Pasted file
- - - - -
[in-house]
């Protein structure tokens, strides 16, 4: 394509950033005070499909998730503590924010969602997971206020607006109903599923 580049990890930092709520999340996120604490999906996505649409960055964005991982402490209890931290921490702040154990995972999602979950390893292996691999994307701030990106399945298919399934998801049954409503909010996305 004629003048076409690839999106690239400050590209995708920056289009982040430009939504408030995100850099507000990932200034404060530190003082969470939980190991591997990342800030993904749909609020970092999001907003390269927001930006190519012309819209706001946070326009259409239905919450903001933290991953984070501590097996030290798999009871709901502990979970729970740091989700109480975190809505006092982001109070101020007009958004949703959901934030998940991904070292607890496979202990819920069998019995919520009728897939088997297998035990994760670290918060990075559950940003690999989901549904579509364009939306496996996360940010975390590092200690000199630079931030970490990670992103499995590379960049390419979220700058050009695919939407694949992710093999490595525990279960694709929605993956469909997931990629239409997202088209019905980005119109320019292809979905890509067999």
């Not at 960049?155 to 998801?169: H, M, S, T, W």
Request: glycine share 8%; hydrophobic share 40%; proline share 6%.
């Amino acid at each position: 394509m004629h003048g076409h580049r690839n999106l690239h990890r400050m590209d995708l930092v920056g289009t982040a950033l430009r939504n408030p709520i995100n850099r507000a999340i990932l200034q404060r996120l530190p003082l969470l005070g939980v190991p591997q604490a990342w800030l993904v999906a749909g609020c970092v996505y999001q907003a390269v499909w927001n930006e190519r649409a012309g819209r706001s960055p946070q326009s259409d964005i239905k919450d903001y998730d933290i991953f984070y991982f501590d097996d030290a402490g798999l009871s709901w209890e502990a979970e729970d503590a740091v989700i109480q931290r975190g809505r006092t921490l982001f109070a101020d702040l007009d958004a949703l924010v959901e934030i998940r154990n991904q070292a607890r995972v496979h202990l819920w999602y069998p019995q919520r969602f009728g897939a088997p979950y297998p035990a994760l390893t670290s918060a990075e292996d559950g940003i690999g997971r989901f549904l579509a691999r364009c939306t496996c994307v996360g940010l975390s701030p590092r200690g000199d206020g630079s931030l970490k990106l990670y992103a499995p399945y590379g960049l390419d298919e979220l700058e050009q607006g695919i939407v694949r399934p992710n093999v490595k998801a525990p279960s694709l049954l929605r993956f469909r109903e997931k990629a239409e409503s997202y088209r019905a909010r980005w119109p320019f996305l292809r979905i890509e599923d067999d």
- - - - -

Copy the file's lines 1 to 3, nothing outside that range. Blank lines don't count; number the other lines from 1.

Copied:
[in-house]
């Protein structure tokens, strides 16, 4: 394509950033005070499909998730503590924010969602997971206020607006109903599923 580049990890930092709520999340996120604490999906996505649409960055964005991982402490209890931290921490702040154990995972999602979950390893292996691999994307701030990106399945298919399934998801049954409503909010996305 004629003048076409690839999106690239400050590209995708920056289009982040430009939504408030995100850099507000990932200034404060530190003082969470939980190991591997990342800030993904749909609020970092999001907003390269927001930006190519012309819209706001946070326009259409239905919450903001933290991953984070501590097996030290798999009871709901502990979970729970740091989700109480975190809505006092982001109070101020007009958004949703959901934030998940991904070292607890496979202990819920069998019995919520009728897939088997297998035990994760670290918060990075559950940003690999989901549904579509364009939306496996996360940010975390590092200690000199630079931030970490990670992103499995590379960049390419979220700058050009695919939407694949992710093999490595525990279960694709929605993956469909997931990629239409997202088209019905980005119109320019292809979905890509067999």
């Not at 960049?155 to 998801?169: H, M, S, T, W």